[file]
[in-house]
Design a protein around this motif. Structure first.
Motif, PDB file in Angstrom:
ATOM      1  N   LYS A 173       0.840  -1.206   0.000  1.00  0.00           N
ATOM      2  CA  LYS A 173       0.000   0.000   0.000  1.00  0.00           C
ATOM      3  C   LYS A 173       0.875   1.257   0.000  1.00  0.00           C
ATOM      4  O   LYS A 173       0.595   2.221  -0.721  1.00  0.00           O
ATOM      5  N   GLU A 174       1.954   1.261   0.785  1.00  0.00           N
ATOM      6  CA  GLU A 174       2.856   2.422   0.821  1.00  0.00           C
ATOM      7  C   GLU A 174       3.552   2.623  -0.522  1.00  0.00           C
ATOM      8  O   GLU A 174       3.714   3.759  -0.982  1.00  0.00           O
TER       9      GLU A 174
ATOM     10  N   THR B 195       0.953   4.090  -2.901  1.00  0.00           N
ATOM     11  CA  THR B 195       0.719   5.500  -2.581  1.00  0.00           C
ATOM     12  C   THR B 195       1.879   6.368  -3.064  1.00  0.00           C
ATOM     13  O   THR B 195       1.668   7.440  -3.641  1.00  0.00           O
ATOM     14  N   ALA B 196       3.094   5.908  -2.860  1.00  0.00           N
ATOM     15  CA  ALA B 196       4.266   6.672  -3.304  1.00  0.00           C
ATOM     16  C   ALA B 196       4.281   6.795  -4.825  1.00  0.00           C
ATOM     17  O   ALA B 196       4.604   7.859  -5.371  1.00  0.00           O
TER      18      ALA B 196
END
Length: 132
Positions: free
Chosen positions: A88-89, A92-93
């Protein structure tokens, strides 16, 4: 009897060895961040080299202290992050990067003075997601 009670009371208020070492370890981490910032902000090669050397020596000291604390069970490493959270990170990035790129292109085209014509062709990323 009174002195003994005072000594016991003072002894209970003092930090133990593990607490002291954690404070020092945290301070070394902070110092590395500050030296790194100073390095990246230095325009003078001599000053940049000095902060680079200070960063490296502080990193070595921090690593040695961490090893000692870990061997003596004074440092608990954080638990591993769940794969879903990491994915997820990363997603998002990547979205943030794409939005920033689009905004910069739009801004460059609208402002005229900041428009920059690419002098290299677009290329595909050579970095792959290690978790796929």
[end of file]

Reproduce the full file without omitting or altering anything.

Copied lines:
[in-house]
Design a protein around this motif. Structure first.
Motif, PDB file in Angstrom:
ATOM      1  N   LYS A 173       0.840  -1.206   0.000  1.00  0.00           N
ATOM      2  CA  LYS A 173       0.000   0.000   0.000  1.00  0.00           C
ATOM      3  C   LYS A 173       0.875   1.257   0.000  1.00  0.00           C
ATOM      4  O   LYS A 173       0.595   2.221  -0.721  1.00  0.00           O
ATOM      5  N   GLU A 174       1.954   1.261   0.785  1.00  0.00           N
ATOM      6  CA  GLU A 174       2.856   2.422   0.821  1.00  0.00           C
ATOM      7  C   GLU A 174       3.552   2.623  -0.522  1.00  0.00           C
ATOM      8  O   GLU A 174       3.714   3.759  -0.982  1.00  0.00           O
TER       9      GLU A 174
ATOM     10  N   THR B 195       0.953   4.090  -2.901  1.00  0.00           N
ATOM     11  CA  THR B 195       0.719   5.500  -2.581  1.00  0.00           C
ATOM     12  C   THR B 195       1.879   6.368  -3.064  1.00  0.00           C
ATOM     13  O   THR B 195       1.668   7.440  -3.641  1.00  0.00           O
ATOM     14  N   ALA B 196       3.094   5.908  -2.860  1.00  0.00           N
ATOM     15  CA  ALA B 196       4.266   6.672  -3.304  1.00  0.00           C
ATOM     16  C   ALA B 196       4.281   6.795  -4.825  1.00  0.00           C
ATOM     17  O   ALA B 196       4.604   7.859  -5.371  1.00  0.00           O
TER      18      ALA B 196
END
Length: 132
Positions: free
Chosen positions: A88-89, A92-93
């Protein structure tokens, strides 16, 4: 009897060895961040080299202290992050990067003075997601 009670009371208020070492370890981490910032902000090669050397020596000291604390069970490493959270990170990035790129292109085209014509062709990323 009174002195003994005072000594016991003072002894209970003092930090133990593990607490002291954690404070020092945290301070070394902070110092590395500050030296790194100073390095990246230095325009003078001599000053940049000095902060680079200070960063490296502080990193070595921090690593040695961490090893000692870990061997003596004074440092608990954080638990591993769940794969879903990491994915997820990363997603998002990547979205943030794409939005920033689009905004910069739009801004460059609208402002005229900041428009920059690419002098290299677009290329595909050579970095792959290690978790796929």